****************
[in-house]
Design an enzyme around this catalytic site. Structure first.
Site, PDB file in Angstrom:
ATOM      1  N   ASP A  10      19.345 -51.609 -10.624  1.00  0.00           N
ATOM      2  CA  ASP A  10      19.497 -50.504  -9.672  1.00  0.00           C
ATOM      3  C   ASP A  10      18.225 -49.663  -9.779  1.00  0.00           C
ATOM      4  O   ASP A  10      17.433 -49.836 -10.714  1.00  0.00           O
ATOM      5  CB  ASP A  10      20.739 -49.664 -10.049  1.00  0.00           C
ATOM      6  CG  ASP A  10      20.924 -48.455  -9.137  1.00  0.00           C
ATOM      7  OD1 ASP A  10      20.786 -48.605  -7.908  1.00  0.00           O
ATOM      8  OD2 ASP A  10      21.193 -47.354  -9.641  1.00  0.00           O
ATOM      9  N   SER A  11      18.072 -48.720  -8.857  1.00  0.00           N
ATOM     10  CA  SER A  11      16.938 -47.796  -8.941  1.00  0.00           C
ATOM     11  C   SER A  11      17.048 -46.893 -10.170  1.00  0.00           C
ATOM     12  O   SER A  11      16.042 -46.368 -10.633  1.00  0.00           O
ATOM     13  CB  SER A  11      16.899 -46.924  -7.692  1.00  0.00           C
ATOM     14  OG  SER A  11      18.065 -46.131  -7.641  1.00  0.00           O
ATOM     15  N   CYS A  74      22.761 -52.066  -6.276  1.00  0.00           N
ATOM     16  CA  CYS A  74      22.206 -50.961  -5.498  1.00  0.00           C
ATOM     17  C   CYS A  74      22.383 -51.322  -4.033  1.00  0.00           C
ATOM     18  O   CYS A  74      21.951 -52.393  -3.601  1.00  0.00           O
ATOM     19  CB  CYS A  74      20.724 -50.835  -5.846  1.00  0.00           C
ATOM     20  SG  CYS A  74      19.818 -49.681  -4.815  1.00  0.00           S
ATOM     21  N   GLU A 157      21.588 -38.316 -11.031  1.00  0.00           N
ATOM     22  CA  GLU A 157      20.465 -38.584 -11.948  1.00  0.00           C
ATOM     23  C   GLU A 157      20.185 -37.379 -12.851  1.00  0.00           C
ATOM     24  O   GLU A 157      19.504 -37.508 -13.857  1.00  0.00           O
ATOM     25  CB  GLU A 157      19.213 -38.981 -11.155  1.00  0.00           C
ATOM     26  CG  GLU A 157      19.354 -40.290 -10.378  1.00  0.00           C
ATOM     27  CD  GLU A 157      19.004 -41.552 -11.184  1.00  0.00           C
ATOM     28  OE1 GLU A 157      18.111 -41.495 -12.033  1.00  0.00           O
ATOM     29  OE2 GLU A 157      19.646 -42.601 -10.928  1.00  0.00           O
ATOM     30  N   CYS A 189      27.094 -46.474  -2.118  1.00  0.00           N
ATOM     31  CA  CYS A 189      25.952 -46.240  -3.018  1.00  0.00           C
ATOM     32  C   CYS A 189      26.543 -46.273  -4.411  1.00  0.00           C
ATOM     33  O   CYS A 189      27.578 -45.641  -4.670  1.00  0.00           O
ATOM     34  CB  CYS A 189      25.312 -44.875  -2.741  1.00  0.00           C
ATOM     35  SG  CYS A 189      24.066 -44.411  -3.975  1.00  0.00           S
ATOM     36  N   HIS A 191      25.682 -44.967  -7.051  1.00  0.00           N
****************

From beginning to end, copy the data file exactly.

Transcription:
[in-house]
Design an enzyme around this catalytic site. Structure first.
Site, PDB file in Angstrom:
ATOM      1  N   ASP A  10      19.345 -51.609 -10.624  1.00  0.00           N
ATOM      2  CA  ASP A  10      19.497 -50.504  -9.672  1.00  0.00           C
ATOM      3  C   ASP A  10      18.225 -49.663  -9.779  1.00  0.00           C
ATOM      4  O   ASP A  10      17.433 -49.836 -10.714  1.00  0.00           O
ATOM      5  CB  ASP A  10      20.739 -49.664 -10.049  1.00  0.00           C
ATOM      6  CG  ASP A  10      20.924 -48.455  -9.137  1.00  0.00           C
ATOM      7  OD1 ASP A  10      20.786 -48.605  -7.908  1.00  0.00           O
ATOM      8  OD2 ASP A  10      21.193 -47.354  -9.641  1.00  0.00           O
ATOM      9  N   SER A  11      18.072 -48.720  -8.857  1.00  0.00           N
ATOM     10  CA  SER A  11      16.938 -47.796  -8.941  1.00  0.00           C
ATOM     11  C   SER A  11      17.048 -46.893 -10.170  1.00  0.00           C
ATOM     12  O   SER A  11      16.042 -46.368 -10.633  1.00  0.00           O
ATOM     13  CB  SER A  11      16.899 -46.924  -7.692  1.00  0.00           C
ATOM     14  OG  SER A  11      18.065 -46.131  -7.641  1.00  0.00           O
ATOM     15  N   CYS A  74      22.761 -52.066  -6.276  1.00  0.00           N
ATOM     16  CA  CYS A  74      22.206 -50.961  -5.498  1.00  0.00           C
ATOM     17  C   CYS A  74      22.383 -51.322  -4.033  1.00  0.00           C
ATOM     18  O   CYS A  74      21.951 -52.393  -3.601  1.00  0.00           O
ATOM     19  CB  CYS A  74      20.724 -50.835  -5.846  1.00  0.00           C
ATOM     20  SG  CYS A  74      19.818 -49.681  -4.815  1.00  0.00           S
ATOM     21  N   GLU A 157      21.588 -38.316 -11.031  1.00  0.00           N
ATOM     22  CA  GLU A 157      20.465 -38.584 -11.948  1.00  0.00           C
ATOM     23  C   GLU A 157      20.185 -37.379 -12.851  1.00  0.00           C
ATOM     24  O   GLU A 157      19.504 -37.508 -13.857  1.00  0.00           O
ATOM     25  CB  GLU A 157      19.213 -38.981 -11.155  1.00  0.00           C
ATOM     26  CG  GLU A 157      19.354 -40.290 -10.378  1.00  0.00           C
ATOM     27  CD  GLU A 157      19.004 -41.552 -11.184  1.00  0.00           C
ATOM     28  OE1 GLU A 157      18.111 -41.495 -12.033  1.00  0.00           O
ATOM     29  OE2 GLU A 157      19.646 -42.601 -10.928  1.00  0.00           O
ATOM     30  N   CYS A 189      27.094 -46.474  -2.118  1.00  0.00           N
ATOM     31  CA  CYS A 189      25.952 -46.240  -3.018  1.00  0.00           C
ATOM     32  C   CYS A 189      26.543 -46.273  -4.411  1.00  0.00           C
ATOM     33  O   CYS A 189      27.578 -45.641  -4.670  1.00  0.00           O
ATOM     34  CB  CYS A 189      25.312 -44.875  -2.741  1.00  0.00           C
ATOM     35  SG  CYS A 189      24.066 -44.411  -3.975  1.00  0.00           S
ATOM     36  N   HIS A 191      25.682 -44.967  -7.051  1.00  0.00           N